.srt, .sub, .sbv
SRT, SUB, SBV
Transifex supports three of the most popular subtitle file formats: SubRip, SubViewer, and YouTube captions. You can translate SubRip and SubViewer files with the Video Subtitle Editor while watching the video play in the translation editor.
SubRip is the native subtitle format of the SubRip program. It is one of the most used formats for subtitles, supported by most software video players, many subtitle creation/editing tools, and some hardware home media players. YouTube also supports .srt files.
An entry in a .srt file may contain certain HTML tags, like
Also, please keep in mind that your file's encoding needs to be UTF-8. If your file's encoding differs, you can convert it following the process described here.
Titles and descriptions in .srt
If you need to translate titles and descriptions in SRT files, please follow the steps below:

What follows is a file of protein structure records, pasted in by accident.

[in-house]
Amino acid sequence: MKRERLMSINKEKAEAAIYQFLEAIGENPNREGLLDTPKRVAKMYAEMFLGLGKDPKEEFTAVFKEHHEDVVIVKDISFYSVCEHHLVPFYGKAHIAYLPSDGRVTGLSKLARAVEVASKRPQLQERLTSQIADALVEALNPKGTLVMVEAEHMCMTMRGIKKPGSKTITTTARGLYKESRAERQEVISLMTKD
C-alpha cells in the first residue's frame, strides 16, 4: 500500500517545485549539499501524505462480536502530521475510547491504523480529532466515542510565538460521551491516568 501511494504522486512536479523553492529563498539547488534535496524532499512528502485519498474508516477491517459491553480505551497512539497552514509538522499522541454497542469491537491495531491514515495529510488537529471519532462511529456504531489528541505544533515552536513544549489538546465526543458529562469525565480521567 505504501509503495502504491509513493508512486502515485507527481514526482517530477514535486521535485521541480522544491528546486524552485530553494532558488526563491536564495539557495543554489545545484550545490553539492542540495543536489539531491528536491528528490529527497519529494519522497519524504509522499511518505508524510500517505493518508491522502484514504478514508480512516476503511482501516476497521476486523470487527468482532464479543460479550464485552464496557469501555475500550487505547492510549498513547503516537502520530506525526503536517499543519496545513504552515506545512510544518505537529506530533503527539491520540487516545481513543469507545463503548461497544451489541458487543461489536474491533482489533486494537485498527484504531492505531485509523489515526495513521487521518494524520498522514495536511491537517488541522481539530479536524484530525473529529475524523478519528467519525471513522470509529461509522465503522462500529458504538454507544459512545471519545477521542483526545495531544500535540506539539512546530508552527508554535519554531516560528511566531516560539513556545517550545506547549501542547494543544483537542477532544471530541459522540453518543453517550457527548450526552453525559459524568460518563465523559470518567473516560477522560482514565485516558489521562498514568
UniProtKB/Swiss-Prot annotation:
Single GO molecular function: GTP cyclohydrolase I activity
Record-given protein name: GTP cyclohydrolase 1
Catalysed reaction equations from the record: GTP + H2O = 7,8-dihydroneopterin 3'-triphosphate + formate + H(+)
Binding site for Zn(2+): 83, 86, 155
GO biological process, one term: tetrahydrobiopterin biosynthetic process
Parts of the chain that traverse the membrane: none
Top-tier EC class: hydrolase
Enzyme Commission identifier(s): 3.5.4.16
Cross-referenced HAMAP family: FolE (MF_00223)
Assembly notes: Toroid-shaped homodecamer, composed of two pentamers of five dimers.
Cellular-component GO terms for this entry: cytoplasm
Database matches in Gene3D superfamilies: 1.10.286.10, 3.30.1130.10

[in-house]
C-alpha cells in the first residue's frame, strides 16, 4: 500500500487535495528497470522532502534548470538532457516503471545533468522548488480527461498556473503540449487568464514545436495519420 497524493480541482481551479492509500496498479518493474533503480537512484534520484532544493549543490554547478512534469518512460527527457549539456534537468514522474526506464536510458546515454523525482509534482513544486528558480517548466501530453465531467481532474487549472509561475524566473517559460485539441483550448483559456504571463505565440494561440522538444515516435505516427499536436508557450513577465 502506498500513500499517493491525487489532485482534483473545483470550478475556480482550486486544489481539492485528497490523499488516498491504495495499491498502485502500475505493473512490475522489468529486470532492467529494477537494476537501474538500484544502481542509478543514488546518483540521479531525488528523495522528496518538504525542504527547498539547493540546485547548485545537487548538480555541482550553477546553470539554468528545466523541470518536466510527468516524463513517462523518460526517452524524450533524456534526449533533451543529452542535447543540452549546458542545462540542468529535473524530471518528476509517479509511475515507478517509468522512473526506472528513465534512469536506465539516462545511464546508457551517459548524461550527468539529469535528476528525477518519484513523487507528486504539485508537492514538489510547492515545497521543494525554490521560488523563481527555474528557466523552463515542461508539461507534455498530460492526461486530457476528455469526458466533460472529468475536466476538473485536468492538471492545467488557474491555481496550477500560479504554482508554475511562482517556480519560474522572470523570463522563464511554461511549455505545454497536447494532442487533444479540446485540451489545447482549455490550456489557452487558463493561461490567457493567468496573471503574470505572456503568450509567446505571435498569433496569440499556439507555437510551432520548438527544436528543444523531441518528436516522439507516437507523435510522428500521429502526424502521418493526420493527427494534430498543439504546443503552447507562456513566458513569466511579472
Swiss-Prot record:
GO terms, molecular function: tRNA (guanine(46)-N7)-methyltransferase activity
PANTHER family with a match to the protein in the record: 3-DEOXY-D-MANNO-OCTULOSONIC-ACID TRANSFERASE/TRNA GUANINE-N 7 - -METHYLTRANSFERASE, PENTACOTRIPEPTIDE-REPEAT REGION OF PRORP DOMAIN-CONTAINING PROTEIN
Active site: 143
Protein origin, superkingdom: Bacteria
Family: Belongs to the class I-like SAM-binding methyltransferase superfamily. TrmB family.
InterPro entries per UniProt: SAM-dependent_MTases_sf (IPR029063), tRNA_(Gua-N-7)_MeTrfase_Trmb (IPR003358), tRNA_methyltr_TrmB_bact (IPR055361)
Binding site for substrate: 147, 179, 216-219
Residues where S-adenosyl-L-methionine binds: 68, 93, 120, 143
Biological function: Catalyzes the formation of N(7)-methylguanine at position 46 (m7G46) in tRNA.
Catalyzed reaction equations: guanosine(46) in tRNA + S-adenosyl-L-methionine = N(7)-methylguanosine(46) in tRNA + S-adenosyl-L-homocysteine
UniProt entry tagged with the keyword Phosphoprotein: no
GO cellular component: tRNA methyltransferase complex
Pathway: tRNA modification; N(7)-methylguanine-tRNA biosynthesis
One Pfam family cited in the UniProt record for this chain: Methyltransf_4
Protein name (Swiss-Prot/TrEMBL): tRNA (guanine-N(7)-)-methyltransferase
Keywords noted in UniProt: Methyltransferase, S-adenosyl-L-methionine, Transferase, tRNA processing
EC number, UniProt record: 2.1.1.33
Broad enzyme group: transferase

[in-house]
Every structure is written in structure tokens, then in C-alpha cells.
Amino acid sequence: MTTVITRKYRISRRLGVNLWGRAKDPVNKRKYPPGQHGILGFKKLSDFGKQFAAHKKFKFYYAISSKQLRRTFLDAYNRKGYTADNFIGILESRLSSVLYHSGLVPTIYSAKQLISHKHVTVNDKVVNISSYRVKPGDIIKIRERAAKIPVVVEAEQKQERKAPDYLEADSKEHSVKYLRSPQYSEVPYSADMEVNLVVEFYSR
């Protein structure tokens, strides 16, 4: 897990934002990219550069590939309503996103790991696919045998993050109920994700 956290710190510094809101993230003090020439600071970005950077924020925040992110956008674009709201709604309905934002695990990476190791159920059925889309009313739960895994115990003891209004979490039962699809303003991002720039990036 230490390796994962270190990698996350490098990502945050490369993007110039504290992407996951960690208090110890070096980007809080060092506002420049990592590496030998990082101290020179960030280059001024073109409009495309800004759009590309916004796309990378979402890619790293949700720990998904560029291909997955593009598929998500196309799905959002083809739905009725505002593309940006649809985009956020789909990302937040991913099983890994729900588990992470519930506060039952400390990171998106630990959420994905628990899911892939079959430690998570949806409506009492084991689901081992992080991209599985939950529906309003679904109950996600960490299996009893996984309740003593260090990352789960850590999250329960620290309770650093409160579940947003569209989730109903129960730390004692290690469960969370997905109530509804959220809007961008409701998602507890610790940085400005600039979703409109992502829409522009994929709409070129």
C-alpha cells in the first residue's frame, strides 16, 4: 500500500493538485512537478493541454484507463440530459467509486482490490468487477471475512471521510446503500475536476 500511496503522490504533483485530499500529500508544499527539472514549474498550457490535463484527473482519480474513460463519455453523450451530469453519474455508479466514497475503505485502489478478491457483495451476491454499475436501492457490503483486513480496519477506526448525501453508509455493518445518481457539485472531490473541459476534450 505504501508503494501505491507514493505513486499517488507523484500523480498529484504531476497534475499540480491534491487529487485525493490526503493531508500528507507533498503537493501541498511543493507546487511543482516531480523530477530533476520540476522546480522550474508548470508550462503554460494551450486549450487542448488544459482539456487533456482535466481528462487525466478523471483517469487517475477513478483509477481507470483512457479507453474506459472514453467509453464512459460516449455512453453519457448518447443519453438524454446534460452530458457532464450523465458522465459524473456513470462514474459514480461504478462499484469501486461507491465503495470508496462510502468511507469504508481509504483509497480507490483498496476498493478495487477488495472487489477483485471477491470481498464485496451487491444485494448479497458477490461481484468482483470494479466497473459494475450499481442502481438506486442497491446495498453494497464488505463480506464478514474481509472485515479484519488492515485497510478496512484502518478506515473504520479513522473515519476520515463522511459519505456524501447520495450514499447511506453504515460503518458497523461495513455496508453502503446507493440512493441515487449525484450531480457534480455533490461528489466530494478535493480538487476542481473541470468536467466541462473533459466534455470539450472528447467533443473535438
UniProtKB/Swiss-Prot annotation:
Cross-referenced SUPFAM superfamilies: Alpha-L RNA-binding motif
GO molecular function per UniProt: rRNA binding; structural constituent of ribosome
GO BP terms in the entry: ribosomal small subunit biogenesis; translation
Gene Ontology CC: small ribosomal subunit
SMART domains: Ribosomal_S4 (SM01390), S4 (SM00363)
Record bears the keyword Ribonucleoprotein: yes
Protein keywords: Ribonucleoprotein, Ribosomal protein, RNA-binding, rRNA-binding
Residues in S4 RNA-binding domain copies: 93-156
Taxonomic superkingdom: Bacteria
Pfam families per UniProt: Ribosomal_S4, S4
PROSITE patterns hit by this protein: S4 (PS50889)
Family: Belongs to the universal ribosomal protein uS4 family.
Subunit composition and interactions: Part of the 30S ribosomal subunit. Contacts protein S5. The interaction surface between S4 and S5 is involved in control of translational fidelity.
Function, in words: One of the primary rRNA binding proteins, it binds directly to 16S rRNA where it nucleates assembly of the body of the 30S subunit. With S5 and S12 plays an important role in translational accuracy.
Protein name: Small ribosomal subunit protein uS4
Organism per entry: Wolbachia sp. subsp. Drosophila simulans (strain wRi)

Include both title and description in your localization file as follows:
To prevent translators from editing the text inside brackets, you can:
Visit your translation checks settings page.
Click SubRip subtitles (.srt) checks.
Click Set up placeholder delimiters.
Create a new placeholder as follows:
As a result, you will have the strings in the Editor like this:
SubViewer files (.sub) are the native subtitle format of the SubViewer utility.
YouTube Captions (.sbv)
.sbv is the file format outputted by YouTube's Automatic Timing feature, automatically creating timed captions based on a transcript.
The following table outlines what occurs to untranslated, unreviewed, and un-proofread strings when using the API, CLI, or UI to manipulate translation files:
Looking for more help? Get support from our Transifex Community Forum!
Find answers or post to get help from Transifex Support and our Community.